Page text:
Ohio farmers can submit online applications for the Ohio Treasury’s Agricultural Linked Deposit Program (Ag-LINK) through March 12 at 5:00 PM.
Scott Haerr of Clark County says he was blindsided when inspectors from the U.S. Occupational Safety and Health Administration showed up at his family’s grain farm late last year.
A recent inspection of an Ohio farm by the Occupational Safety and Health Administration raised qustions about the scope of the agency's oversight. Leah Curtis, Ohio Farm Bureau's Director of Agricultural Law, explains the exemption that has typically applied to small farms.
A few links to other organizations that can help landowners with questions, concerns and problems.
In what's probably Chipotle's most outrageous attempt to get their customers to think about the food they eat, on February 17 it will debut a new show on Hulu called Farmed and Dangerous.
When engaging consumers in conversations about food system issues, try to use these keys to having a productive conversation that builds and further enhances trust:
One problem we consistently hear about from Farm Bureau members is trespassing. Unfortunately, the amount of land that farmers have can often times be enticing to those who want to hike, ride ATVs, or just cause trouble. Members also are often concerned about what their liability is in certain situations, if visitors to their property get hurt. Here are five things to know about Ohio’s trespassing and landowner liability laws.
Ohio Farm Bureau member and AgriPOWER Class III graduate Brenda Hastings discusses her experience in AgriPOWER and encourages others to apply.
Farm Bureau works hard advocating at the Ohio Statehouse, Ohio Supreme Court, Congress, Federal Supreme Court and with local governments to ensure property rights and address other issues landowners have. Here are a few highlights of that advocacy work.
Ohio Farm Bureau wants to empower the next generation of Ohio food and agricultural advocates.
In 1985, the Beef Checkoff was started to promote the beef industry. Simply put, $1 from every head sold goes back to the industry. Half of that stays in Ohio and the other half goes to national programs.
Results of a recent survey commissioned by Nationwide Insurance and conducted by Harris Interactive show that just 40 percent of consumers have read their current insurance policy in its entirety, while just 7 percent described their insurance policy as simple.
At Ohio Farm Bureau’s 2013 annual meeting, members called for the establishment of a study group that includes 22 county leaders who would analyze and make recommendations on a new membership model for the organization to ensure its future strength.
Anyone who applied for a deer damage permit last year will receive the survey, which is supported by Ohio Farm Bureau and the Ohio Department of Natural Resources.
The Ohio Produce Marketing Agreement, which will set voluntary standards for farmers, has been considered for several years. Legislation passed in 2012 paved the way for voluntary programs such as this.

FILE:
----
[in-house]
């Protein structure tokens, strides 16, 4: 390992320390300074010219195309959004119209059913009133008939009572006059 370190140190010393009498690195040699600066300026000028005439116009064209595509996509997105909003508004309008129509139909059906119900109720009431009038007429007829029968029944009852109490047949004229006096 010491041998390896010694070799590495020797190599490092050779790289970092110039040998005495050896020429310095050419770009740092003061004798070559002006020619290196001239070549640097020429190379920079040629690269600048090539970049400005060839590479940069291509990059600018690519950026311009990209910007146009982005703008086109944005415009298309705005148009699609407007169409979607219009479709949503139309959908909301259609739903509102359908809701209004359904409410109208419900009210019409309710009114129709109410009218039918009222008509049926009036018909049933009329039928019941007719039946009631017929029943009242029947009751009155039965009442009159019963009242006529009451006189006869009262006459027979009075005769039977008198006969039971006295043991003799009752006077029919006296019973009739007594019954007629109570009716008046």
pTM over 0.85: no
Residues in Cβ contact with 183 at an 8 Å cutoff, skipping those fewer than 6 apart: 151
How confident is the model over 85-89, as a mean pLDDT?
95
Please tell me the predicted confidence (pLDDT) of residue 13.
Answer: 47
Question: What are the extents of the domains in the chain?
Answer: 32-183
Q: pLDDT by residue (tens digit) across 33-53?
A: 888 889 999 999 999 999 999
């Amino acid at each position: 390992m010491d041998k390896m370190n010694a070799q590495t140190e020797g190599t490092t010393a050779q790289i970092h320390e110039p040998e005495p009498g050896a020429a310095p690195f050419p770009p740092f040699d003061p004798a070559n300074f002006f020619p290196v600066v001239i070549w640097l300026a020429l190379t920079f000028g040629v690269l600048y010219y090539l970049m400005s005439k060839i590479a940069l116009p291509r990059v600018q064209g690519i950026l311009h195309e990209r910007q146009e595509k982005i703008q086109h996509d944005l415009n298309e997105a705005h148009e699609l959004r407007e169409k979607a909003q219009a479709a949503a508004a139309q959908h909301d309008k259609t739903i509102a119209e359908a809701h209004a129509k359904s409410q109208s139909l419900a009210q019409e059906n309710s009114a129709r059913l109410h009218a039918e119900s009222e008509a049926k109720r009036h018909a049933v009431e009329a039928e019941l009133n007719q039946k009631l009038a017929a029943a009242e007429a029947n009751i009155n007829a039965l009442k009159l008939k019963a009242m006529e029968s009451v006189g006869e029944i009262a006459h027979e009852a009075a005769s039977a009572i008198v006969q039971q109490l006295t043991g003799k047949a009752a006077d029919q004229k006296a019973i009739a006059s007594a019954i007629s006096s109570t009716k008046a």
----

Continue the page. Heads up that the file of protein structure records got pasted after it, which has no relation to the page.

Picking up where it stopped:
A broad overview of programs impacting farmers in the 2014 Farm Bill
Ohio Farm Bureau’s Workers’ Compensation Group Rating Program members are required to attend one safety seminar per year to remain program eligible.
Ohioans voting at the meeting debated and discussed a variety of policies and were successful in advancing three recommendations submitted by fellow farmers.
Expert says farmers need to both embrace, be wary of data collection, application
Ohio Farm Bureau believes the farm bill recently passed by Congress demonstrates considerable fiscal responsibility and reduces the federal government budget deficit.
Young professionals event continues to grow
Volunteers working membership have a new option to sign up new members that is as easy as pulling a phone out of your pocket. No more carrying around forms that can be a hassle and hard to decipher later on. Ohio Farm Bureau’s volunteers.growwithfb.org website, designed to be mobile ready, allows the membership to be paid on the spot with a credit card.
Hear a recent Town Hall Ohio conversation about the new national healthcare program.
The Animals for Life Foundation celebrates the human animal bond, and in this blog, David White talks about that bond, the foundation and its upcoming Forum.
Farm machinery has not been allowed to use a portion of State Route 20, or the Norwalk Bypass, in Huron County for many years. Recently, several farmers including two Huron County Farm Bureau members, John Brooks and Bill Ommert, submitted testimony on House Bill 249, which seeks to resolve the longstanding issue that has impacted farmers in that area.
Ohio's county Farm Bureau presidents are taking their annual trip to Washington, D.C. March 3-5. Check here for the latest updates from Ohio Farm Bureau, media across the state and the farmers while on the ground on Capitol Hill.
Water, and the ability to remove it, is extremely important to Ohio farmers. Ohio farmers are often encountering issues with the water on their property. Ohio’s water law is somewhat limited, so Ohio Farm Bureau's Director of Agricultural Law Leah Curtis gives five tips to help you understand how water law works in Ohio.